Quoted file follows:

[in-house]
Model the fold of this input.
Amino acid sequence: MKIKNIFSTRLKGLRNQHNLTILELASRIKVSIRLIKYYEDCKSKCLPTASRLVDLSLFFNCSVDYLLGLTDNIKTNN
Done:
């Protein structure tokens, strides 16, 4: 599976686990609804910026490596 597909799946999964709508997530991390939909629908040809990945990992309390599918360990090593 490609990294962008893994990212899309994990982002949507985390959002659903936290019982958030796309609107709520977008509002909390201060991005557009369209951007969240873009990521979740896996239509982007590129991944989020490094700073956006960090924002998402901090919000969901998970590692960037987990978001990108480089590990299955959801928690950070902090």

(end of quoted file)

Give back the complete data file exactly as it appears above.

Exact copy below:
[in-house]
Model the fold of this input.
Amino acid sequence: MKIKNIFSTRLKGLRNQHNLTILELASRIKVSIRLIKYYEDCKSKCLPTASRLVDLSLFFNCSVDYLLGLTDNIKTNN
Done:
């Protein structure tokens, strides 16, 4: 599976686990609804910026490596 597909799946999964709508997530991390939909629908040809990945990992309390599918360990090593 490609990294962008893994990212899309994990982002949507985390959002659903936290019982958030796309609107709520977008509002909390201060991005557009369209951007969240873009990521979740896996239509982007590129991944989020490094700073956006960090924002998402901090919000969901998970590692960037987990978001990108480089590990299955959801928690950070902090």